A Dream Washed Up

She rests,
like a hundred others,
ignored and forgot.
Tricycle cradled,
blackberry wreathed
and thistle jeweled,
her complexion
blushed copper green.

Just three
slow declining miles
from her riverside home.
Face pointed away,
eyes spider blind,
she succumbs to blister and rot
as other such
ornaments rust.

A dream
from a foundered romance.
A ragged reminder
Of time drifted by.
Love locked,
by rib, plank and quarter knee,
she sinks back
to the earth.

By D L Hume

old rotten fishing boat lying at the beach trees are already growing through the hull


I am from Tasmania, Australia, having grown up in the UK. I have spent a number of years living in the Tasmanian bush, from which I have gained a deep appreciation for nature and landscape. I hold a Ph.D from the University of Tasmania – Art History and Theory- and have taught in Australia, the UK, North Africa, Thailand and extensively throughout mainland China, teaching Art and Design History and Theory, Tourism Studies, ESP Art and Design and research and study skills.

My writing ranges across disciplines, including, tourism, fine art – especially ceramic art – and education. Independence, as a writer and teacher, is one of the things I value most, which, to some extent, has caused me to keep on the move, but as a result all my work retains its integrity.

I now live off grid in Southern Tasmania, a return to a lifestyle I first embraced over 30 years ago. There have been many developments since then, making this shift much easier now. I have also returned to a craft I enjoyed many many years before, writing poetry as an expression of place. You can find most of my writing in many genres on my website here. It is not always pretty, and neither should it be…

Photo by Rolf Schlegel

It Was the Same

There will no longer be home,
smoke from the chimney.
There will be no tomorrow.
Rotten beams
cannot withstand the pressure of time.
In the crooked house
a hunched woman
– waits.

It’s like it used to be,
out there behind the house flows a river.
Only now
the children do not have time to look at old age.

Time took away youth
– like the night takes away the evening.

There is no longer smoke from the chimney,
no chimney,
and there behind the house
still flows a river.

By Eliza Segiet
translated by Artur Komoter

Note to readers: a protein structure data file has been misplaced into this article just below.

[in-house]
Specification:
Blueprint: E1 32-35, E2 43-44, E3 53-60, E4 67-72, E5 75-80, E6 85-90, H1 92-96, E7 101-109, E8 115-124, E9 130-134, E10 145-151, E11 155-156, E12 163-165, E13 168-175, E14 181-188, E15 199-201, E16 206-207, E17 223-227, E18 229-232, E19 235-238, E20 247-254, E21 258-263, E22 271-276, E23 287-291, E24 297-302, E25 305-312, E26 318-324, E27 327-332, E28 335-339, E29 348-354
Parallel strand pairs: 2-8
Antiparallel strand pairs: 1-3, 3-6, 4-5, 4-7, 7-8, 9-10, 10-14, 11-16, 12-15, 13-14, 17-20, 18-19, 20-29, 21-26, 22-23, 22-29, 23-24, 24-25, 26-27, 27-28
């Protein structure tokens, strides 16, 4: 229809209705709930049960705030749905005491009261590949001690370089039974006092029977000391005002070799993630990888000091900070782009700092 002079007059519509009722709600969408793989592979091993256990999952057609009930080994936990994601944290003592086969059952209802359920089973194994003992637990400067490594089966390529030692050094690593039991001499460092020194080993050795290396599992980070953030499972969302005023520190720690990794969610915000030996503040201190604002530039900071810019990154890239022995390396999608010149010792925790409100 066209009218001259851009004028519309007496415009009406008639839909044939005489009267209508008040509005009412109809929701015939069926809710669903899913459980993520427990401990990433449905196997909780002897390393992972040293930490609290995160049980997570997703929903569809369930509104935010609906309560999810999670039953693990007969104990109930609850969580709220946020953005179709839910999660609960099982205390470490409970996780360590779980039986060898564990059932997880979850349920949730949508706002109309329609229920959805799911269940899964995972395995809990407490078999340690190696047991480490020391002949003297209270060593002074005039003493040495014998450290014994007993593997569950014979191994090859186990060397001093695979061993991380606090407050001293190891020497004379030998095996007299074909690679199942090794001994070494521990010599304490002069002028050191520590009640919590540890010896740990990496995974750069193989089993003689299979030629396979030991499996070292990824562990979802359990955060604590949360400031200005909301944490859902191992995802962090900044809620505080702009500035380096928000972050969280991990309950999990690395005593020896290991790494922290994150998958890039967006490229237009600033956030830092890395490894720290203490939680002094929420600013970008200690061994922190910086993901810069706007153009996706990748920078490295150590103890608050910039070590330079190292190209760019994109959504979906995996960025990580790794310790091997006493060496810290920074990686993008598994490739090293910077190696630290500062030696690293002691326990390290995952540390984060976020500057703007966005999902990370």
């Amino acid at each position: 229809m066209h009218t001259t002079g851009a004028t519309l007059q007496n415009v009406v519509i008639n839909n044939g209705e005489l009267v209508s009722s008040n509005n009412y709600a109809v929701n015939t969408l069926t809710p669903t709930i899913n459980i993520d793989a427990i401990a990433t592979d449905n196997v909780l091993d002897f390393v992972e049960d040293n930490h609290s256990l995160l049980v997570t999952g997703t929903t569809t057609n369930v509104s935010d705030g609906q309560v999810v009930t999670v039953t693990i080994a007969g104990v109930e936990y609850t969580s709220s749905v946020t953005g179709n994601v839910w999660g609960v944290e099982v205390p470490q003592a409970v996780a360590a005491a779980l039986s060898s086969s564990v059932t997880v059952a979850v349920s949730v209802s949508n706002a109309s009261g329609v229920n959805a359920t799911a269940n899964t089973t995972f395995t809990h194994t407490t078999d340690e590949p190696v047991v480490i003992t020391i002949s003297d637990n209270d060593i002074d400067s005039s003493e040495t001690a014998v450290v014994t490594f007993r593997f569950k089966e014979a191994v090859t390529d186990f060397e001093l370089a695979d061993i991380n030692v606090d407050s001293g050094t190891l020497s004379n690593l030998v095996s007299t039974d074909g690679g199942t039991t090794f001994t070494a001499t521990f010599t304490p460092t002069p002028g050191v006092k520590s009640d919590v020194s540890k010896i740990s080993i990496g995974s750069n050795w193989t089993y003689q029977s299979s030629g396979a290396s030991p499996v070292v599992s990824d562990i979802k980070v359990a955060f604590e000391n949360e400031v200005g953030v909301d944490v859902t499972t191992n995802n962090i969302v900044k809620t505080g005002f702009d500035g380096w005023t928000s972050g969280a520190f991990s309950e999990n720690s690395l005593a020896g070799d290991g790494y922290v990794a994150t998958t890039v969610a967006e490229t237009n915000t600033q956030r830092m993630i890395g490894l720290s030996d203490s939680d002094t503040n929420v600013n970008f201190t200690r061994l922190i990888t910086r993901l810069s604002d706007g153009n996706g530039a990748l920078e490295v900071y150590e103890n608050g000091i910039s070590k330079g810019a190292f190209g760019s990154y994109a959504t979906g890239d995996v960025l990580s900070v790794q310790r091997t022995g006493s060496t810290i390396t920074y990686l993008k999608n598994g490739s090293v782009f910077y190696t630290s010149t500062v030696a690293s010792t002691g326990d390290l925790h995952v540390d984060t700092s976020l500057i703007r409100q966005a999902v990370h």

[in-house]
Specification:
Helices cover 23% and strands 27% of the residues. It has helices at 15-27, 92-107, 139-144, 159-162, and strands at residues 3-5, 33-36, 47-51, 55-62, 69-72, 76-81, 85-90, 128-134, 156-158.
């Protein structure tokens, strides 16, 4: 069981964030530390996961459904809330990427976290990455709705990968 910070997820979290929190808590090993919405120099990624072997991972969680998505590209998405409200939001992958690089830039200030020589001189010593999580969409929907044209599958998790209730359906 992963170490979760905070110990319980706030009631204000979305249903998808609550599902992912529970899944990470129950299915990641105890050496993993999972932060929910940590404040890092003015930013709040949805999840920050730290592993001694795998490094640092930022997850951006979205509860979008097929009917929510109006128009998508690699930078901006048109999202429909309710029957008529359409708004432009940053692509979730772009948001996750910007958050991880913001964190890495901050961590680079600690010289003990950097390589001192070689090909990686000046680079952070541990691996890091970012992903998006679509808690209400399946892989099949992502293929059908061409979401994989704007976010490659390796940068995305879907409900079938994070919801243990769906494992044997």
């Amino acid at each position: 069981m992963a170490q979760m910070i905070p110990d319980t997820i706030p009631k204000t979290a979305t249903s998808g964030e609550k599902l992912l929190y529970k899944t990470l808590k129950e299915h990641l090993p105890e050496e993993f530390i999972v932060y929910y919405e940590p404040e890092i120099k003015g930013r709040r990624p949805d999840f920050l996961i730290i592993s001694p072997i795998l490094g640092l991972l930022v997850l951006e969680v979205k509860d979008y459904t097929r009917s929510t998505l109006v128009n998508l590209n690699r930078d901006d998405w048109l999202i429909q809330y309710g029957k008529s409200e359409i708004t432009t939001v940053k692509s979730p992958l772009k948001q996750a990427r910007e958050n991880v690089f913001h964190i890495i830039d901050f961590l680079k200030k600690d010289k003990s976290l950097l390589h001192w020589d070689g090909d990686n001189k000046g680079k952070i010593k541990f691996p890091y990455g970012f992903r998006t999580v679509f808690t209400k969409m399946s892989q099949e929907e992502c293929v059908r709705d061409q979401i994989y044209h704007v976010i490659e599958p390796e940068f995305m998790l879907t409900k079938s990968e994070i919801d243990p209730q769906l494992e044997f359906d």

mountain landscape with a village house on the river bank


Eliza Segiet is a Jagiellonian University graduate with a Master’s Degree in Philosophy. She completed postgraduate studies in Cultural Knowledge, Philosophy, Penal Fiscal and Economic Law, and Creative Writing at Jagiellonian University, as well as Film and Television Production in Łódź, Poland. She is the author of six poetry collections including Cloudiness (2016) and Thought Mirages (2017). In addition, she has published three volumes of poetry, monodrama, and drama.

River Night

We float in Rio Caliente
and consider the stars.
We swim slowly now and then,
our muscles and bones soak in warmth.
    My daughter leaves us
disapproving of older women skinny dipping,
laughing together at midnight.
we talk about Ireland and
share old stories of the troubles.
    Obsidian hills surround us here,
the jacarandra tree is heavy with purple bloom.

By Elaine Reardon

steam rises from warm water in river


Book coverElaine is a poet, herbalist, educator, and a member of the Society of Children’s BookAuthor Photo Writers & Illustrators. Her chapbook,The Heart is a Nursery For Hope, published September 2016, recently won first honors from Flutter Press as the top seller of 2016. Most recently Elaine’s poetry has been published by Three Drops from a Cauldron Journal, MASS Poet of the Moment, and poetrysuperhighway.com. Elaine lives tucked into the forest in Central Massachusetts and maintains a blog at elainereardon.wordpress.com

Photo by the author

Water Marks on Sand

Along the river bed as I walk, my left